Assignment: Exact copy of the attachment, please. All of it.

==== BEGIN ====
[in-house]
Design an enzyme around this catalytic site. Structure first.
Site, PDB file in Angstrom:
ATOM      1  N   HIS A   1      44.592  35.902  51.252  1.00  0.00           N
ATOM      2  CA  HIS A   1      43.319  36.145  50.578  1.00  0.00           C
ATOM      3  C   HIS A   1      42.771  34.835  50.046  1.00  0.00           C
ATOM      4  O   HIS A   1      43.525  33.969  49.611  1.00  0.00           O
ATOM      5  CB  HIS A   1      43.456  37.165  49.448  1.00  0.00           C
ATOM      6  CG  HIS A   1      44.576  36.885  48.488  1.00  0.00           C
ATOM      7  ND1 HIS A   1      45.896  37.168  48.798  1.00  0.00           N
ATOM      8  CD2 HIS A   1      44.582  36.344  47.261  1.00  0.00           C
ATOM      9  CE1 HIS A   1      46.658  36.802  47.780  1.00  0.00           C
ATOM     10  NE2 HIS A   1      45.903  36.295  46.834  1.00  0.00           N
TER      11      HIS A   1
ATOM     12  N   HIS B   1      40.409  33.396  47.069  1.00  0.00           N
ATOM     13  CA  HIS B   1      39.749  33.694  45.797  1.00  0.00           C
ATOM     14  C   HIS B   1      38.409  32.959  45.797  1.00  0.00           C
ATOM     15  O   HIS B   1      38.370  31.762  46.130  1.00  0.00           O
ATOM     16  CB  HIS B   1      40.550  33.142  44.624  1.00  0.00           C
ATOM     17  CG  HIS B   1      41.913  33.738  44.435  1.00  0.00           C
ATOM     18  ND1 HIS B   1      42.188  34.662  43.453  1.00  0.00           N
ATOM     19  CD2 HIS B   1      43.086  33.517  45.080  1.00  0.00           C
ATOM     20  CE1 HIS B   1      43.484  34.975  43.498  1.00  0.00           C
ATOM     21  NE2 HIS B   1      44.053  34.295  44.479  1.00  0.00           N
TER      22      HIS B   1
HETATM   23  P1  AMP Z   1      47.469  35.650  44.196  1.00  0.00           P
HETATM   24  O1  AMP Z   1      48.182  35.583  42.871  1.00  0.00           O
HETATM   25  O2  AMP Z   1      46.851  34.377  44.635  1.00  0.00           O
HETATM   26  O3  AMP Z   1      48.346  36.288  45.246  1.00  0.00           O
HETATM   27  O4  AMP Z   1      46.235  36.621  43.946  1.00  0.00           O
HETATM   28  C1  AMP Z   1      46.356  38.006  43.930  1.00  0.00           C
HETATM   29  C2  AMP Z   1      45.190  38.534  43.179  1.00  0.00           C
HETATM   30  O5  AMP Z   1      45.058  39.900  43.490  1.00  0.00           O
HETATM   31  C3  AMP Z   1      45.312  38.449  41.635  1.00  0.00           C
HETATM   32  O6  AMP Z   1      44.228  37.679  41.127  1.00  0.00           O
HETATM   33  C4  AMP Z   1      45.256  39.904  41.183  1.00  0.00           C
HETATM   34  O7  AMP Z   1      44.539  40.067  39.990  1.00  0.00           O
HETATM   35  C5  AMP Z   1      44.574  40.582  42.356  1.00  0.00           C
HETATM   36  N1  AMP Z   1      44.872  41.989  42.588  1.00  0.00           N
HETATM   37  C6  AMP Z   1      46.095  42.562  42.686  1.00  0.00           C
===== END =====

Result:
[in-house]
Design an enzyme around this catalytic site. Structure first.
Site, PDB file in Angstrom:
ATOM      1  N   HIS A   1      44.592  35.902  51.252  1.00  0.00           N
ATOM      2  CA  HIS A   1      43.319  36.145  50.578  1.00  0.00           C
ATOM      3  C   HIS A   1      42.771  34.835  50.046  1.00  0.00           C
ATOM      4  O   HIS A   1      43.525  33.969  49.611  1.00  0.00           O
ATOM      5  CB  HIS A   1      43.456  37.165  49.448  1.00  0.00           C
ATOM      6  CG  HIS A   1      44.576  36.885  48.488  1.00  0.00           C
ATOM      7  ND1 HIS A   1      45.896  37.168  48.798  1.00  0.00           N
ATOM      8  CD2 HIS A   1      44.582  36.344  47.261  1.00  0.00           C
ATOM      9  CE1 HIS A   1      46.658  36.802  47.780  1.00  0.00           C
ATOM     10  NE2 HIS A   1      45.903  36.295  46.834  1.00  0.00           N
TER      11      HIS A   1
ATOM     12  N   HIS B   1      40.409  33.396  47.069  1.00  0.00           N
ATOM     13  CA  HIS B   1      39.749  33.694  45.797  1.00  0.00           C
ATOM     14  C   HIS B   1      38.409  32.959  45.797  1.00  0.00           C
ATOM     15  O   HIS B   1      38.370  31.762  46.130  1.00  0.00           O
ATOM     16  CB  HIS B   1      40.550  33.142  44.624  1.00  0.00           C
ATOM     17  CG  HIS B   1      41.913  33.738  44.435  1.00  0.00           C
ATOM     18  ND1 HIS B   1      42.188  34.662  43.453  1.00  0.00           N
ATOM     19  CD2 HIS B   1      43.086  33.517  45.080  1.00  0.00           C
ATOM     20  CE1 HIS B   1      43.484  34.975  43.498  1.00  0.00           C
ATOM     21  NE2 HIS B   1      44.053  34.295  44.479  1.00  0.00           N
TER      22      HIS B   1
HETATM   23  P1  AMP Z   1      47.469  35.650  44.196  1.00  0.00           P
HETATM   24  O1  AMP Z   1      48.182  35.583  42.871  1.00  0.00           O
HETATM   25  O2  AMP Z   1      46.851  34.377  44.635  1.00  0.00           O
HETATM   26  O3  AMP Z   1      48.346  36.288  45.246  1.00  0.00           O
HETATM   27  O4  AMP Z   1      46.235  36.621  43.946  1.00  0.00           O
HETATM   28  C1  AMP Z   1      46.356  38.006  43.930  1.00  0.00           C
HETATM   29  C2  AMP Z   1      45.190  38.534  43.179  1.00  0.00           C
HETATM   30  O5  AMP Z   1      45.058  39.900  43.490  1.00  0.00           O
HETATM   31  C3  AMP Z   1      45.312  38.449  41.635  1.00  0.00           C
HETATM   32  O6  AMP Z   1      44.228  37.679  41.127  1.00  0.00           O
HETATM   33  C4  AMP Z   1      45.256  39.904  41.183  1.00  0.00           C
HETATM   34  O7  AMP Z   1      44.539  40.067  39.990  1.00  0.00           O
HETATM   35  C5  AMP Z   1      44.574  40.582  42.356  1.00  0.00           C
HETATM   36  N1  AMP Z   1      44.872  41.989  42.588  1.00  0.00           N
HETATM   37  C6  AMP Z   1      46.095  42.562  42.686  1.00  0.00           C